Everton must shed inferiority complex in upcoming away games

Posted by Luke O'Farrell

Clive Brunskill/Getty ImagesDavid Moyes' Everton begin a tough stretch with a visit to White Hart Lane on Sunday.

Whisper it quietly, but Everton are finding their form at the opportune moment. Home games against Reading, Manchester City and Stoke have returned three consecutive Premier League wins for the first time since January 2010. Enhancing their already exemplary home form, Everton have gained 33 points at Goodison Park with only Manchester United (42) and their aforementioned city rivals (36) gaining more points at home.

- Howard, Jagielka committed to the cause

Boasting the third-best home form in the Premier League, Everton must transfer this winning mentality into away matches, starting with the trip to White Hart Lane on Sunday afternoon. As well as Tottenham, Everton are still to visit Arsenal, Liverpool and Chelsea this season.

On paper, those last three matches often send shudders down the spine of an Evertonian. Since joining in 2002, David Moyes is winless in Premier League matches at those grounds. Gripped with fear, unable to transfer the attacking intent shown at Fortress Goodison, the team appear to suffer an inferiority complex, a complex that began in the dark days of Walter Smith.

Glance through the record books and the bleak picture is complete. The last Old Trafford win came in the inaugural Premier League season (August 1992), the Blues are winless at Chelsea since November 1994, Anfield was last breached in September 1999 and Arsenal are unbeaten at home to Everton since January 1996.

During the early years of Moyes' reign, inferior players were a plausible reason for the continual failure against the top sides. Nevertheless, with the squad improving over the years and the club signing a higher calibre of player, a lack of ambition soon felt more prominent than any quality differential.

Attempting to wriggle free of the shackles of inferiority, there are positive signs of change in recent fixtures. Although still without an elusive win at the original 'Sky 4' (Arsenal, Chelsea, Liverpool and Manchester United), a well-earned Old Trafford draw last May has shown the way forward. While the race for fourth gathers pace, Everton require this bolder approach; draws are simply not good enough.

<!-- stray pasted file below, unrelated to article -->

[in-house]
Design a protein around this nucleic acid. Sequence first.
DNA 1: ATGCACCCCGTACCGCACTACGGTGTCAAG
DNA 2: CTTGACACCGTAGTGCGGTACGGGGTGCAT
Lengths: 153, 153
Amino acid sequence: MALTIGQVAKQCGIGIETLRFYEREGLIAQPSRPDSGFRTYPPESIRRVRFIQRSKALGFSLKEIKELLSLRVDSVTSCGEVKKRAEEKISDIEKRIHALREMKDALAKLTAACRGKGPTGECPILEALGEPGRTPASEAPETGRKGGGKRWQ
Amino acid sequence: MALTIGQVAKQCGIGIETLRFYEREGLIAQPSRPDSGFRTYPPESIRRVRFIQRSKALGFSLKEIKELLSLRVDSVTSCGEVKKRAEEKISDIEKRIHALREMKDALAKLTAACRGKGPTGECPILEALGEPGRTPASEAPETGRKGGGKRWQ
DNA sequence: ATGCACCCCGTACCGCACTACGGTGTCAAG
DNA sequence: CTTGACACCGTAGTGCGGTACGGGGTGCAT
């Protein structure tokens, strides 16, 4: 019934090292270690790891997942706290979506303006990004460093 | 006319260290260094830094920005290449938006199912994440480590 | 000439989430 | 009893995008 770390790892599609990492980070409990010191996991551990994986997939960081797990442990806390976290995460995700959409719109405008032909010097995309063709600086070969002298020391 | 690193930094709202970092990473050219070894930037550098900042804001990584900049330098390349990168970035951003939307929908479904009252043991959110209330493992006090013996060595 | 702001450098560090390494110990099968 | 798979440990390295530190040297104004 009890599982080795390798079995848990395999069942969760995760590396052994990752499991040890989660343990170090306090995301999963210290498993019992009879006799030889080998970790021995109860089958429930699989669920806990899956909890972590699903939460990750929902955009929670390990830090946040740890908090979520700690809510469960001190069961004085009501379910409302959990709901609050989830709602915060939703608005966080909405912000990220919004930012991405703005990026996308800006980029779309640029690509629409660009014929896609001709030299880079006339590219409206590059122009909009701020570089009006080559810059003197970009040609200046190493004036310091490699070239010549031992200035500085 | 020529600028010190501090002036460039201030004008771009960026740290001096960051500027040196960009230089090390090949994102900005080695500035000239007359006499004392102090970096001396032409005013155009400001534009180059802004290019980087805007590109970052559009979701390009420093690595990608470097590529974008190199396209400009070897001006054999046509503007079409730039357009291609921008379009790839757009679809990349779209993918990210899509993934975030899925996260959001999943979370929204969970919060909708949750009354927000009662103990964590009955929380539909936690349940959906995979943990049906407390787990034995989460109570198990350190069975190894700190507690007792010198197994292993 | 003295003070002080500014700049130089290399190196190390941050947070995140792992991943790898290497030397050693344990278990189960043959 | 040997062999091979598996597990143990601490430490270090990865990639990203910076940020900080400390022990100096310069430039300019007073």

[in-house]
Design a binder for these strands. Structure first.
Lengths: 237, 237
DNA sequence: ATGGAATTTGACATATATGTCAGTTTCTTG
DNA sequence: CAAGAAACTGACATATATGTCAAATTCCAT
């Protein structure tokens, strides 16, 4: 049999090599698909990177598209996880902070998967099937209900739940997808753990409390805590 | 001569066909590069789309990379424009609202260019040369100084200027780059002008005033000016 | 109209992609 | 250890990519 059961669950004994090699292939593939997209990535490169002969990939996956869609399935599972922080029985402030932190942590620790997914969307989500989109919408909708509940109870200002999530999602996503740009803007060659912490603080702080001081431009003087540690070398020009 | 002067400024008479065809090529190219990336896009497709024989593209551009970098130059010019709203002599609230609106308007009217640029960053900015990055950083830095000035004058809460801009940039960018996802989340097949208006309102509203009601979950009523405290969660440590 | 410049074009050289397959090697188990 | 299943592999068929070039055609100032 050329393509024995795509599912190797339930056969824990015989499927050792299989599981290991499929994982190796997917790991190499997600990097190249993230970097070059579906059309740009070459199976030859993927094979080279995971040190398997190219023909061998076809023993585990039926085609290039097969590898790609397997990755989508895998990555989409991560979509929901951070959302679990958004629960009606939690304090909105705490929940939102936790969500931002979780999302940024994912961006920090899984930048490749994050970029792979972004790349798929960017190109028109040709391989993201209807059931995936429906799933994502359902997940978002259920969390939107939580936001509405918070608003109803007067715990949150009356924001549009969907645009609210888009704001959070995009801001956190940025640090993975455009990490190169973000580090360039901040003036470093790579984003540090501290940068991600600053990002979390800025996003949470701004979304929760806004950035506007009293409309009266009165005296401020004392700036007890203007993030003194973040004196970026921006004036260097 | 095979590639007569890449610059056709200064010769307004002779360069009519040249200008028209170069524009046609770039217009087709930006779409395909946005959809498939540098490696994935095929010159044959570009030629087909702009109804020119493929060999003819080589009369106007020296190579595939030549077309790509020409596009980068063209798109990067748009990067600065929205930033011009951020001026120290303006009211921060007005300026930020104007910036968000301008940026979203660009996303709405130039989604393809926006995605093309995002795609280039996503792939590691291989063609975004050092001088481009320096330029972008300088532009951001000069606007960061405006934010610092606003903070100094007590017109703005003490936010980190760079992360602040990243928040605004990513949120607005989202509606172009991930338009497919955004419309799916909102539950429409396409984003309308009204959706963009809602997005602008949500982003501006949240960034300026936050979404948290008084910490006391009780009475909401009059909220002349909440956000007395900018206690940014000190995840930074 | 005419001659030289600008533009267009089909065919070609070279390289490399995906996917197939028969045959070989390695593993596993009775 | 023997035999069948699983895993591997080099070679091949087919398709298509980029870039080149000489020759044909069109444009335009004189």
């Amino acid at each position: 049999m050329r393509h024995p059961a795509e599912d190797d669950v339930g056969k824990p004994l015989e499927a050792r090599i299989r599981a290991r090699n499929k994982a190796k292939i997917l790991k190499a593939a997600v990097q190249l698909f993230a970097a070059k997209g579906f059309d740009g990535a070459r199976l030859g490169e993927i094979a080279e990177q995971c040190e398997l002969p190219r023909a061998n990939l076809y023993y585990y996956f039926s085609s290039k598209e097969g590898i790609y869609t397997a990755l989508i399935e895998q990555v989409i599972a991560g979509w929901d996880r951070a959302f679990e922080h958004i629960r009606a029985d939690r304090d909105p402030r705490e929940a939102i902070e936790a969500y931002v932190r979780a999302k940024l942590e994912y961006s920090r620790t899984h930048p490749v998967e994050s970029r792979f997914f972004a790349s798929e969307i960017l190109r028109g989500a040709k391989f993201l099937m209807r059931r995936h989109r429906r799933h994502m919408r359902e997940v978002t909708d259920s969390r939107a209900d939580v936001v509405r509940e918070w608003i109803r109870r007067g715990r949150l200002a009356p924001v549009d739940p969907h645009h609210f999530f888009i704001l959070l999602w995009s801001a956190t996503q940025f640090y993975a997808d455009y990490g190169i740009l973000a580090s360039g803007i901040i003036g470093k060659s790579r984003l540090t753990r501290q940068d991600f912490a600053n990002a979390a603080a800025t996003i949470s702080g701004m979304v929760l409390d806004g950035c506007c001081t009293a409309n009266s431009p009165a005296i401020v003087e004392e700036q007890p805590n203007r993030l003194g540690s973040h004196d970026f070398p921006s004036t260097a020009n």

Shorn of the attacking talents of Steven Pienaar and Marouane Fellaini for Sunday, the Blues will also need to call on the fighting spirit shown in recent matches. Overcoming the odds and a numerical disadvantage to topple Manchester City, similar qualities remained for the hard-fought win over Stoke City last week.

Too often adopting the safety-first containment approach, the Toffees cannot afford to sit back in these testing away fixtures. Placing faith in an unreliable defence would be a major risk and the old adage of 'attack is the best form of defence' rings true for this current side.

Seemingly falling for the 'plucky little Everton' and 'punching above their weight' tags coined within the media, it is high time that Moyes and his players distanced themselves from those underdog tags. Seeking to beat the best, Everton have to fashion greater belief as they chase European football this summer.

Heading into these away fixtures, it is imperative that this newfound approach prevails. Fall into the old traps, revert to the familiar cautious style and Everton risk drowning their European hopes in an instant.

Possessing the strongest squad of Moyes' tenure, Everton no longer have the excuse of working with lesser players. Capable of beating the beat, a point underlined by the home form this season, the team need to remove all lingering traces of this inferiority complex. Previously worn like a second skin, such a lack of self-belief should not have a place at Goodison Park.

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